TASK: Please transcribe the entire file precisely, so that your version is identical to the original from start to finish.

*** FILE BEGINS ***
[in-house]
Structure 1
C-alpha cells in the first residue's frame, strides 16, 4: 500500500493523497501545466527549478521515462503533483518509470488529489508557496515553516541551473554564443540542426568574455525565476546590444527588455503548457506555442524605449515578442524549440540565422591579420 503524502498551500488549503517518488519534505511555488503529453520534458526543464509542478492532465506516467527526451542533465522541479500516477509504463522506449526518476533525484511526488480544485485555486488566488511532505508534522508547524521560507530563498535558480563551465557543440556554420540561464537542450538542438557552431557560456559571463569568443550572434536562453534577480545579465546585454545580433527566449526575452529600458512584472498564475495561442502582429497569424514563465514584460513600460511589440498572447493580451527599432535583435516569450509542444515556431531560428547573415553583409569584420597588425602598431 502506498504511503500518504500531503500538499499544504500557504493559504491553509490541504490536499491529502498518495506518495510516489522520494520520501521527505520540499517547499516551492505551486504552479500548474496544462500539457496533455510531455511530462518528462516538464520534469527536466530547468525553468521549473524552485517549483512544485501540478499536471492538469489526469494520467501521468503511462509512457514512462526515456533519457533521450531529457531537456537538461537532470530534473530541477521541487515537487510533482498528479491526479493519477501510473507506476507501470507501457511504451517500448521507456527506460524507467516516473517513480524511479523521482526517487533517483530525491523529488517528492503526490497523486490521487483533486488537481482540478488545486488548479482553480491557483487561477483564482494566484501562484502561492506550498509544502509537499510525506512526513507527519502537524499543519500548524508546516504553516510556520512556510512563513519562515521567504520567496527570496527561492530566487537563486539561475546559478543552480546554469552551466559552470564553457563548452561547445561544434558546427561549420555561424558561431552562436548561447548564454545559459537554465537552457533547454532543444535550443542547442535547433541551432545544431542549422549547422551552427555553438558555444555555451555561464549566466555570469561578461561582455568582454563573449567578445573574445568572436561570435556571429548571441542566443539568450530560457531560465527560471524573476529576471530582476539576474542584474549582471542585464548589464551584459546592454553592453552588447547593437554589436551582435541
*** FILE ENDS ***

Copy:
[in-house]
Structure 1
C-alpha cells in the first residue's frame, strides 16, 4: 500500500493523497501545466527549478521515462503533483518509470488529489508557496515553516541551473554564443540542426568574455525565476546590444527588455503548457506555442524605449515578442524549440540565422591579420 503524502498551500488549503517518488519534505511555488503529453520534458526543464509542478492532465506516467527526451542533465522541479500516477509504463522506449526518476533525484511526488480544485485555486488566488511532505508534522508547524521560507530563498535558480563551465557543440556554420540561464537542450538542438557552431557560456559571463569568443550572434536562453534577480545579465546585454545580433527566449526575452529600458512584472498564475495561442502582429497569424514563465514584460513600460511589440498572447493580451527599432535583435516569450509542444515556431531560428547573415553583409569584420597588425602598431 502506498504511503500518504500531503500538499499544504500557504493559504491553509490541504490536499491529502498518495506518495510516489522520494520520501521527505520540499517547499516551492505551486504552479500548474496544462500539457496533455510531455511530462518528462516538464520534469527536466530547468525553468521549473524552485517549483512544485501540478499536471492538469489526469494520467501521468503511462509512457514512462526515456533519457533521450531529457531537456537538461537532470530534473530541477521541487515537487510533482498528479491526479493519477501510473507506476507501470507501457511504451517500448521507456527506460524507467516516473517513480524511479523521482526517487533517483530525491523529488517528492503526490497523486490521487483533486488537481482540478488545486488548479482553480491557483487561477483564482494566484501562484502561492506550498509544502509537499510525506512526513507527519502537524499543519500548524508546516504553516510556520512556510512563513519562515521567504520567496527570496527561492530566487537563486539561475546559478543552480546554469552551466559552470564553457563548452561547445561544434558546427561549420555561424558561431552562436548561447548564454545559459537554465537552457533547454532543444535550443542547442535547433541551432545544431542549422549547422551552427555553438558555444555555451555561464549566466555570469561578461561582455568582454563573449567578445573574445568572436561570435556571429548571441542566443539568450530560457531560465527560471524573476529576471530582476539576474542584474549582471542585464548589464551584459546592454553592453552588447547593437554589436551582435541